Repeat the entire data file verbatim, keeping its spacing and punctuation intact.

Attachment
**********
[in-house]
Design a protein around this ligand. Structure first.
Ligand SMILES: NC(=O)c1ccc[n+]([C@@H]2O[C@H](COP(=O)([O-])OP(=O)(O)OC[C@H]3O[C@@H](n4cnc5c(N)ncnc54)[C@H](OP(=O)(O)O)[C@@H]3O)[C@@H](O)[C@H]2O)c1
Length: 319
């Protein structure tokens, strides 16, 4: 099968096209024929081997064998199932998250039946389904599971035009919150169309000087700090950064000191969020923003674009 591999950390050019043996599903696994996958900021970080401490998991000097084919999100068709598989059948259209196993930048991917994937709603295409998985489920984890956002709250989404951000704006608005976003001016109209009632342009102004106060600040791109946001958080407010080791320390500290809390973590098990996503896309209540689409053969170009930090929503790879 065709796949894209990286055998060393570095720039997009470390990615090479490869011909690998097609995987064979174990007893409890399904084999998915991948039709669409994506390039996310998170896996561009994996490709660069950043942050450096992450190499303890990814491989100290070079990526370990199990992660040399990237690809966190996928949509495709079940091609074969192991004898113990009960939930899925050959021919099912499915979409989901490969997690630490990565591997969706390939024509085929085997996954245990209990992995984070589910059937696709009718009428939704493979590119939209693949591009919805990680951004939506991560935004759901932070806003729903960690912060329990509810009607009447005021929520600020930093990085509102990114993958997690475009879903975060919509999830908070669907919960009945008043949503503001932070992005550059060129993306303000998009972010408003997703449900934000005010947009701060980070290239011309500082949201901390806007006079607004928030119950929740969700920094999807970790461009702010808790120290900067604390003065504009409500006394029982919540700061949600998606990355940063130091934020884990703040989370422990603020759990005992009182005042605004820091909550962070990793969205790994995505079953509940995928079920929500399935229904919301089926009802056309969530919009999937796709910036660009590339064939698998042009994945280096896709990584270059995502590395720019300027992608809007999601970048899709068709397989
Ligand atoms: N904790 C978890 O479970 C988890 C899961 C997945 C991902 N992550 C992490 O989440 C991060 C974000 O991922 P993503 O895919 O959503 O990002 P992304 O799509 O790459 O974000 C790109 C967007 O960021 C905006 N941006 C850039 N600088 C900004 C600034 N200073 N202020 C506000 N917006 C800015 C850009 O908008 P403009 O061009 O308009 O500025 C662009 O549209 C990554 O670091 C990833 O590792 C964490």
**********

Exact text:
[in-house]
Design a protein around this ligand. Structure first.
Ligand SMILES: NC(=O)c1ccc[n+]([C@@H]2O[C@H](COP(=O)([O-])OP(=O)(O)OC[C@H]3O[C@@H](n4cnc5c(N)ncnc54)[C@H](OP(=O)(O)O)[C@@H]3O)[C@@H](O)[C@H]2O)c1
Length: 319
């Protein structure tokens, strides 16, 4: 099968096209024929081997064998199932998250039946389904599971035009919150169309000087700090950064000191969020923003674009 591999950390050019043996599903696994996958900021970080401490998991000097084919999100068709598989059948259209196993930048991917994937709603295409998985489920984890956002709250989404951000704006608005976003001016109209009632342009102004106060600040791109946001958080407010080791320390500290809390973590098990996503896309209540689409053969170009930090929503790879 065709796949894209990286055998060393570095720039997009470390990615090479490869011909690998097609995987064979174990007893409890399904084999998915991948039709669409994506390039996310998170896996561009994996490709660069950043942050450096992450190499303890990814491989100290070079990526370990199990992660040399990237690809966190996928949509495709079940091609074969192991004898113990009960939930899925050959021919099912499915979409989901490969997690630490990565591997969706390939024509085929085997996954245990209990992995984070589910059937696709009718009428939704493979590119939209693949591009919805990680951004939506991560935004759901932070806003729903960690912060329990509810009607009447005021929520600020930093990085509102990114993958997690475009879903975060919509999830908070669907919960009945008043949503503001932070992005550059060129993306303000998009972010408003997703449900934000005010947009701060980070290239011309500082949201901390806007006079607004928030119950929740969700920094999807970790461009702010808790120290900067604390003065504009409500006394029982919540700061949600998606990355940063130091934020884990703040989370422990603020759990005992009182005042605004820091909550962070990793969205790994995505079953509940995928079920929500399935229904919301089926009802056309969530919009999937796709910036660009590339064939698998042009994945280096896709990584270059995502590395720019300027992608809007999601970048899709068709397989
Ligand atoms: N904790 C978890 O479970 C988890 C899961 C997945 C991902 N992550 C992490 O989440 C991060 C974000 O991922 P993503 O895919 O959503 O990002 P992304 O799509 O790459 O974000 C790109 C967007 O960021 C905006 N941006 C850039 N600088 C900004 C600034 N200073 N202020 C506000 N917006 C800015 C850009 O908008 P403009 O061009 O308009 O500025 C662009 O549209 C990554 O670091 C990833 O590792 C964490």